Acceleration and Fatigue in Team Sports

Team sport

A team sport is an activity in which the entire group works together to achieve the same goal. For example, runners participating in a relay race share the same goal of getting the baton around the track in the shortest possible time. To accomplish this, they need to communicate with one another, avoid dropping the baton, and make sure the changeover takes place in the correct place. Relay runners put in long hours of training to achieve this goal. In addition, they celebrate the race’s results together.

Systematic review of external acceleration load in team sport athletes

Previous team sport research has predominantly quantified external acceleration load through count-based metrics. However, the filtering processes used to generate MEDs and acceleration values can vary greatly and should be documented in future research. This will ensure more consistency and reproducibility of athlete acceleration data and enable further research.

In this systematic review, we analyzed the accepted studies that described the external acceleration load of team sport athletes using various player-tracking technologies, including GPS/GNSS, local positioning systems, and optical-based tracking systems. We focussed on how these technologies quantify acceleration load and how this load is presented to practitioners.

The pooled sample used in the study involved 349 male participants. The majority were soccer players while the remaining athletes were from rugby, Australian football, hurling, and basketball. In most cases, we used total distance (TD) divided by heart rate to calculate the external acceleration load. However, recent studies have suggested using accelerations as an additional external acceleration load parameter. This may impact the sensitivity of the method. Further, it is vital to conduct more studies on team sports involving female players and in other team sports with a wider diversity of participants.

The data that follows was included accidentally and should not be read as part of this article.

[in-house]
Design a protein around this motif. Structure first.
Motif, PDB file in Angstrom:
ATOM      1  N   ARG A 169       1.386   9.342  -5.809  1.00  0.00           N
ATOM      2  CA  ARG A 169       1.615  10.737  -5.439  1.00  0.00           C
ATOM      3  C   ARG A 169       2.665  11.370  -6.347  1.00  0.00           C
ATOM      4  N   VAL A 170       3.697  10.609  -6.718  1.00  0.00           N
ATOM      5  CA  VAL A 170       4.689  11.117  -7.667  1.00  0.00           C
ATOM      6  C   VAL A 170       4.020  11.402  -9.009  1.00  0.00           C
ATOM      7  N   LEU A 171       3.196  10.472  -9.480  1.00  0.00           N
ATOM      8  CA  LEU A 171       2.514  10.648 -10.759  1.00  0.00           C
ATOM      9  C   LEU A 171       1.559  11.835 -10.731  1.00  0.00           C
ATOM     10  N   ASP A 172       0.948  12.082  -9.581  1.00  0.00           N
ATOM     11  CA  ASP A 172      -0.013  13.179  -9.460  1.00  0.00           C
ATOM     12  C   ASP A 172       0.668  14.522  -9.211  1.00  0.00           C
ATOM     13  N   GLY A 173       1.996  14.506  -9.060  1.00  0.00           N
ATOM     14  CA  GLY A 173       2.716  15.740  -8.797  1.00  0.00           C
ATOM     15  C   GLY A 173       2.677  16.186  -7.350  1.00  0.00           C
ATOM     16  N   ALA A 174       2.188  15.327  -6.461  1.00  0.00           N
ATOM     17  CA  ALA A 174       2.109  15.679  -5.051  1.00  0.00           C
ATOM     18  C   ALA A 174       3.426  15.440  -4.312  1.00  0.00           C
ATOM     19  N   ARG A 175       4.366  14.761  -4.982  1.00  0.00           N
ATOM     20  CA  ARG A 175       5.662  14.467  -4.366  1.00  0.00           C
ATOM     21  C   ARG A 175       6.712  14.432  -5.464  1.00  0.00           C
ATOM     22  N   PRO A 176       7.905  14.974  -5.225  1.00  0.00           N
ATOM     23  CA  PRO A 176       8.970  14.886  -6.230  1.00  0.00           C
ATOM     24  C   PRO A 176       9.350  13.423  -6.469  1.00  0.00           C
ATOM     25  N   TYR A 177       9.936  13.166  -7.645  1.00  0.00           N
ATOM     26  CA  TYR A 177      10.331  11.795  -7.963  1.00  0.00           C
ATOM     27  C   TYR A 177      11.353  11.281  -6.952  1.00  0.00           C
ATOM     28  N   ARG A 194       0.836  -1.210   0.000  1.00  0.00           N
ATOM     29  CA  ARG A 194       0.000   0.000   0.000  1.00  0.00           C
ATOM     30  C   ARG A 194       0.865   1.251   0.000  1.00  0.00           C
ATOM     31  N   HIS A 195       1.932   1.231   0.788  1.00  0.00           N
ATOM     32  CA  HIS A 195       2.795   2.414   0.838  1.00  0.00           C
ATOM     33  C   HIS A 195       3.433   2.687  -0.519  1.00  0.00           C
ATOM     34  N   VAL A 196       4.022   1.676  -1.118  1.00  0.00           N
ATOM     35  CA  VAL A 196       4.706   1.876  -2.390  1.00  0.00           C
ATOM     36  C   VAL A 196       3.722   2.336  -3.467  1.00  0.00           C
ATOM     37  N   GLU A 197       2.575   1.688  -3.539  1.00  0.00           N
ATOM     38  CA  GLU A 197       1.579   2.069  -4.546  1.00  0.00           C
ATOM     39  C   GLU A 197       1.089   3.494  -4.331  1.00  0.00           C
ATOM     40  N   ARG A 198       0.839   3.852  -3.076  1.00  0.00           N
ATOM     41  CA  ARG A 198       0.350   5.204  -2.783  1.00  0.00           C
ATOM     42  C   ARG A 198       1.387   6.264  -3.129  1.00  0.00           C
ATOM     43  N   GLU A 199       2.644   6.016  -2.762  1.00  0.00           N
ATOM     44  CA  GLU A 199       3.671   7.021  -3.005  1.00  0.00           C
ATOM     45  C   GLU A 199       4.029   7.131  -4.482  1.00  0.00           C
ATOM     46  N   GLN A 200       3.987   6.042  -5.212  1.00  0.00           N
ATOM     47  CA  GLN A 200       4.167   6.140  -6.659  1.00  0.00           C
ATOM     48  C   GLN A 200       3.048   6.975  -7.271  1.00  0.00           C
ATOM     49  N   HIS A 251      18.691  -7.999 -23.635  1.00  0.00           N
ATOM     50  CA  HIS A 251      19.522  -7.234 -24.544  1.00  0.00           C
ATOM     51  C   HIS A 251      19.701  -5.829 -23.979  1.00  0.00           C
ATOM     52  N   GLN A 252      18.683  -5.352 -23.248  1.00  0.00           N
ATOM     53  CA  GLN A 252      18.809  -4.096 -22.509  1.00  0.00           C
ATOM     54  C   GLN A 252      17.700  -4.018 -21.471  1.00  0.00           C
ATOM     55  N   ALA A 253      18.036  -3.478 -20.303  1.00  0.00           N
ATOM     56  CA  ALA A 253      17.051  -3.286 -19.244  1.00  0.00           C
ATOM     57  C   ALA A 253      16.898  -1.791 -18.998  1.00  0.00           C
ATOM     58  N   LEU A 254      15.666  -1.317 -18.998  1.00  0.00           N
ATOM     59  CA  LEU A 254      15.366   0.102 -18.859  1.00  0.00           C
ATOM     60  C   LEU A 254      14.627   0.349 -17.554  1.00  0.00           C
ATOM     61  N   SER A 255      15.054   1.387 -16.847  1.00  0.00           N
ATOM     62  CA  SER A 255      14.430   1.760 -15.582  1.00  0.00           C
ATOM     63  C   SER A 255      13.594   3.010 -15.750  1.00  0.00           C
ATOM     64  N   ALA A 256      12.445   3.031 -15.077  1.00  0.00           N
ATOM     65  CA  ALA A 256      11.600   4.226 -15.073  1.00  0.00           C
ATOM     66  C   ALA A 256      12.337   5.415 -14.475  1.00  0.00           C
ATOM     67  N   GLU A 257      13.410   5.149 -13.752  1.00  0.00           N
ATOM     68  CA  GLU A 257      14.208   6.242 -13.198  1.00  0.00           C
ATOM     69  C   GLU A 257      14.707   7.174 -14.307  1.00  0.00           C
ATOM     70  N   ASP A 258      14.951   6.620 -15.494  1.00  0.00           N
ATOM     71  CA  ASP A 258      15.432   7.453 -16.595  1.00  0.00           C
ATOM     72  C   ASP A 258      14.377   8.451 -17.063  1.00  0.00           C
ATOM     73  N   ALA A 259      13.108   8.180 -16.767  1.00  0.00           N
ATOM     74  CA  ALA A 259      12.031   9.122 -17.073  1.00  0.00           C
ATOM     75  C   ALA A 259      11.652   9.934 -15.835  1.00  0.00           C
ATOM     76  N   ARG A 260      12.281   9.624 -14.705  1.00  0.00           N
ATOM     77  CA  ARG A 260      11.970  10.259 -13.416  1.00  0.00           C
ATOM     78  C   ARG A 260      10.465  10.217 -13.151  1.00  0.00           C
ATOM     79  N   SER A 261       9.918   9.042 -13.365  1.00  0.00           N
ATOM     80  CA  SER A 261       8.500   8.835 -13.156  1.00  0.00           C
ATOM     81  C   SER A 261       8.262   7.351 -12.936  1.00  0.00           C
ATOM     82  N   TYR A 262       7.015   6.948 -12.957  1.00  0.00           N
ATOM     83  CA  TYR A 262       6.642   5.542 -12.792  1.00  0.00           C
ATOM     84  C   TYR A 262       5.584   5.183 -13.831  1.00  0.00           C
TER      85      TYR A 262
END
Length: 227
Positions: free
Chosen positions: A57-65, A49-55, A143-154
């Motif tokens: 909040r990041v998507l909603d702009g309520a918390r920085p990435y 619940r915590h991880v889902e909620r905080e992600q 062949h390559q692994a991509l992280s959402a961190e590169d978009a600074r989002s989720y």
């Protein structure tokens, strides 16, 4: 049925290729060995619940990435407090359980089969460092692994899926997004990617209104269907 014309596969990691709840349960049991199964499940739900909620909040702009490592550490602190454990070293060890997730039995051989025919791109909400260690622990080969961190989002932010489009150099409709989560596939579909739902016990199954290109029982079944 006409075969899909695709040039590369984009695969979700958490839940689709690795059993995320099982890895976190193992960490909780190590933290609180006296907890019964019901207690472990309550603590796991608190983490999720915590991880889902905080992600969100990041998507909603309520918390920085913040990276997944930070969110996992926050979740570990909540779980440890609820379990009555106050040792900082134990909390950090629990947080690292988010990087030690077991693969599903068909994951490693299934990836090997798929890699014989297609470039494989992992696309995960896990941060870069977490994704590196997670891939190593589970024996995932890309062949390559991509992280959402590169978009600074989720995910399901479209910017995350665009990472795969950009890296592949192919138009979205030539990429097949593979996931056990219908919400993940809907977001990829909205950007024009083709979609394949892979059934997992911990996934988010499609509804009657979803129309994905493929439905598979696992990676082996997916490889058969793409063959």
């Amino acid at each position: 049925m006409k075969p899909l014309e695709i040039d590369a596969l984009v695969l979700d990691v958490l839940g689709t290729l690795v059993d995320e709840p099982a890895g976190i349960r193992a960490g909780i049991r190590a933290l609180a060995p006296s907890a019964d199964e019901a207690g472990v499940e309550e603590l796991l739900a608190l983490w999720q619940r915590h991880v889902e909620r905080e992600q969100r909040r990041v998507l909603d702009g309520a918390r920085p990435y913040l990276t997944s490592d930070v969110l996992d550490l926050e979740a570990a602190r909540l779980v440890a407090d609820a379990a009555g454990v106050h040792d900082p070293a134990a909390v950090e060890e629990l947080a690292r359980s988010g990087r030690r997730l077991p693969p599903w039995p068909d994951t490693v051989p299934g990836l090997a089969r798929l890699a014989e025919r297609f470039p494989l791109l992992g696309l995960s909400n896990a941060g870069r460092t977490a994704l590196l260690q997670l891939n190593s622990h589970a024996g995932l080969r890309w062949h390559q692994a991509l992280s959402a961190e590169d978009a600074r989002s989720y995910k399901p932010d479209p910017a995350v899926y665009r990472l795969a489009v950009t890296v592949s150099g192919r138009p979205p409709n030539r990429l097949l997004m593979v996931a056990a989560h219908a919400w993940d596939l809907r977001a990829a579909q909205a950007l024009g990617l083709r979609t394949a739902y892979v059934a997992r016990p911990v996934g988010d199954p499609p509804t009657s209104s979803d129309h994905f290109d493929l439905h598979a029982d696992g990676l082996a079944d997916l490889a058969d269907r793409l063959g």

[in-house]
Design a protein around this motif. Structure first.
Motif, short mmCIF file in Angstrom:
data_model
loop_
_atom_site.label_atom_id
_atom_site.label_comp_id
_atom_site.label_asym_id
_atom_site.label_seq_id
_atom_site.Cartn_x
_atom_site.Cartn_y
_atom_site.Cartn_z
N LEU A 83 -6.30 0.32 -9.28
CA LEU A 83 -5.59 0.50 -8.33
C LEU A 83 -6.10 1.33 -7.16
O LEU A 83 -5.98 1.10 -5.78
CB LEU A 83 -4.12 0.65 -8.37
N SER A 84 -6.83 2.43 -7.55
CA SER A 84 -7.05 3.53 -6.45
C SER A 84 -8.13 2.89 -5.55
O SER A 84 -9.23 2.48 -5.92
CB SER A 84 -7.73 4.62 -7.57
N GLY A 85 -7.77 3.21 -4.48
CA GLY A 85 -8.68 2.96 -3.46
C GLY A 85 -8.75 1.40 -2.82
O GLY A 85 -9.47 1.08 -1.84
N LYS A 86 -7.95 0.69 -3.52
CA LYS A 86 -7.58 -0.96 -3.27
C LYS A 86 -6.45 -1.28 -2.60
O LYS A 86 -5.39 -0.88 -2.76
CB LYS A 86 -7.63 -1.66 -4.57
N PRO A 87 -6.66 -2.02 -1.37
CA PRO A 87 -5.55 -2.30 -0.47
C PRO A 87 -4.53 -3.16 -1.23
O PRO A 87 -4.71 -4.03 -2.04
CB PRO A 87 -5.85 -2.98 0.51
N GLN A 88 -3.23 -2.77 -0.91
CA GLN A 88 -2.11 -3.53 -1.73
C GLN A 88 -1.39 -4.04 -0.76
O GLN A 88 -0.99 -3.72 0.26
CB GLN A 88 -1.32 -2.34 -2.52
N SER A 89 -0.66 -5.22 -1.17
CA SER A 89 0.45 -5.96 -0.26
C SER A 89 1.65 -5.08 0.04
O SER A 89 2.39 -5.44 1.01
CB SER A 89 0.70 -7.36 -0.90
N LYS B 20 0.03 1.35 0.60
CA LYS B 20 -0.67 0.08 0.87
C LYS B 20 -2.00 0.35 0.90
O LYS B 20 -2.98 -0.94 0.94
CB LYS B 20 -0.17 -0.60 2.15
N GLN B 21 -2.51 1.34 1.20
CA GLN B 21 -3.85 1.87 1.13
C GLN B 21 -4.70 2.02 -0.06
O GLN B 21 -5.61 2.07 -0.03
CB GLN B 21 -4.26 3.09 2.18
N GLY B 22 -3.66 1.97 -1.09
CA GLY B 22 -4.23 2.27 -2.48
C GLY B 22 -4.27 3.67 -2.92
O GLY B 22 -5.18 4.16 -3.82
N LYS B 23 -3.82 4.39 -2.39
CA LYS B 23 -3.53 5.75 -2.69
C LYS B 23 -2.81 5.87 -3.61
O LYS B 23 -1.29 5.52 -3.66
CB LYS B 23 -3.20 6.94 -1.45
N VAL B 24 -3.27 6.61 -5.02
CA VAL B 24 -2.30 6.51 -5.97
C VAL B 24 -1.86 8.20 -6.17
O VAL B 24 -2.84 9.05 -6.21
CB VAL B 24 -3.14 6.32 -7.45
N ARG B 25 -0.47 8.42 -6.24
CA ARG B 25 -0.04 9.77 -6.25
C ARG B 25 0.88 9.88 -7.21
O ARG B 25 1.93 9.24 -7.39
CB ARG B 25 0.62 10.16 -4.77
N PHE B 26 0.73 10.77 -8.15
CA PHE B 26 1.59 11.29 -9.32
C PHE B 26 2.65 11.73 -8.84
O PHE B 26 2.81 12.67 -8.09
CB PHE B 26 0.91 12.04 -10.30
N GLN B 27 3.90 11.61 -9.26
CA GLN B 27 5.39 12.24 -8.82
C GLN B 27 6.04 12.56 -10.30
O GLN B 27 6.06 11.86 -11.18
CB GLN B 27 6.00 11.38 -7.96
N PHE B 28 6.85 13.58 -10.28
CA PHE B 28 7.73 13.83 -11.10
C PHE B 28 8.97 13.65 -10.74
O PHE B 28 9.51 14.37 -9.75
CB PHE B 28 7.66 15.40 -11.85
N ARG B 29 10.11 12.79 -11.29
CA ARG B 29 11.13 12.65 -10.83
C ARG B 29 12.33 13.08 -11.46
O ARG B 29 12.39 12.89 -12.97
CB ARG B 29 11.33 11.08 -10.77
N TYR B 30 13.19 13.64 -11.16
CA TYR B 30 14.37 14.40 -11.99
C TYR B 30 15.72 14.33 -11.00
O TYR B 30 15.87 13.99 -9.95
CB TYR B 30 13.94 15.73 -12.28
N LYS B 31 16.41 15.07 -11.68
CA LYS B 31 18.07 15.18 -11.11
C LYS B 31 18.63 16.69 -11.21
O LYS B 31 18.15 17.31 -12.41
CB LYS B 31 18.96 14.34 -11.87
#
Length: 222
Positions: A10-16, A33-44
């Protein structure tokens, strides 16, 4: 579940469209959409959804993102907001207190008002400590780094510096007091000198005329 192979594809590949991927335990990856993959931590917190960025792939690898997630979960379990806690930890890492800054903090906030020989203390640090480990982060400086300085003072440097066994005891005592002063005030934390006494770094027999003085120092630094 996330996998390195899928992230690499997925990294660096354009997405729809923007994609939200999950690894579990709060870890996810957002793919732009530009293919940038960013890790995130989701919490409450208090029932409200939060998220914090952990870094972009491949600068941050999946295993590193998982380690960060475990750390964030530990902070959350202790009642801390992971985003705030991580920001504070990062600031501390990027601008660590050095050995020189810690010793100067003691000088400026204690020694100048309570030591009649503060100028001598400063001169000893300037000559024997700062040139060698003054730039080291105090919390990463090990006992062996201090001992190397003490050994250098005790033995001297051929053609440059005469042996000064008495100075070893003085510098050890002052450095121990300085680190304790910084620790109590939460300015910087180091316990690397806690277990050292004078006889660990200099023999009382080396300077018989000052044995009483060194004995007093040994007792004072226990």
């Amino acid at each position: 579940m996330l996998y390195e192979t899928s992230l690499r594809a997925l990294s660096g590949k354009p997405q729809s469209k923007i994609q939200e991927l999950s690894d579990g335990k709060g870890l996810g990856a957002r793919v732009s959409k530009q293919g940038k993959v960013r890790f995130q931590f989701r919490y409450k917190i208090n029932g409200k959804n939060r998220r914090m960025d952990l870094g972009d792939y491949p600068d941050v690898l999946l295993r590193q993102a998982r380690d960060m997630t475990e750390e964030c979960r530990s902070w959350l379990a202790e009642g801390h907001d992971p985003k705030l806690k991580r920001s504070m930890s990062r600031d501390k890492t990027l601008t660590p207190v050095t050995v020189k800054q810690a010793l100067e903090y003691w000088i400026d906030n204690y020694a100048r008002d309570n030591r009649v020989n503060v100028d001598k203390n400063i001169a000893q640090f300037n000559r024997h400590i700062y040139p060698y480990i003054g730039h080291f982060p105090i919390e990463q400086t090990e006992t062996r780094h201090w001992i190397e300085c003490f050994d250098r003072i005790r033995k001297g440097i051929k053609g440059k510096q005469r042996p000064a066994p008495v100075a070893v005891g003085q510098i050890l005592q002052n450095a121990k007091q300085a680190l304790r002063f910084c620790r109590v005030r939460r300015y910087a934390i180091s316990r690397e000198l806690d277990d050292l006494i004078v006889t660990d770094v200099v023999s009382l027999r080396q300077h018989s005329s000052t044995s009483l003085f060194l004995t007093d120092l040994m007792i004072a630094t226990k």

Methods of calculating external acceleration load

Various methods have been developed to calculate external acceleration load (EAL) in team sports. These methods vary depending on the sport and training modality. Advances in technology have made it easy to quantify activity metrics with power meters and accelerometers. The key to calculating EAL is the understanding of the critical elements of the activity.

Historically, external loads have been limited to practice and are mainly practice-related. Strength training, however, must also be accounted for when tracking training programs. Typically, external loads were measured in kilograms or pounds and were an easy way to compare internal and external workloads.

In order to optimize performance, coaches have implemented methods to determine the best training dose and appropriate recovery period. These techniques include various tools for monitoring training volume and intensity. These include heart rate monitoring, GPS, subjective perception of effort, and objective measurements of physical effort. In team sports, the internal and external loads are often more complex to measure and use, because players play different positions and their response to external load may vary from one another.

Effects of external acceleration load on muscle soreness in team sport athletes

Recent research on high-intensity accelerations and decelerations in team sports has suggested that these forces can lead to muscle soreness and fatigue in athletes. However, the exact mechanism is still unclear. Researchers have identified several factors that could affect muscle soreness and fatigue, including the intensity of the accelerations and decelerations.

High-intensity decelerations often impose sudden velocity reductions. This can adversely affect muscle damage and limit the development of maximum voluntary force. As a result, it is essential to avoid excessive muscle damage during these exercises to maximize athletic performance and reduce the risk of injury. Fortunately, loading strategies can help athletes avoid these deceleration effects.

The frequency of high-intensity decelerations varied across sports. However, American Football athletes were more likely to experience very high-intensity accelerations. This resulted in more muscle soreness and fatigue than other athletes.

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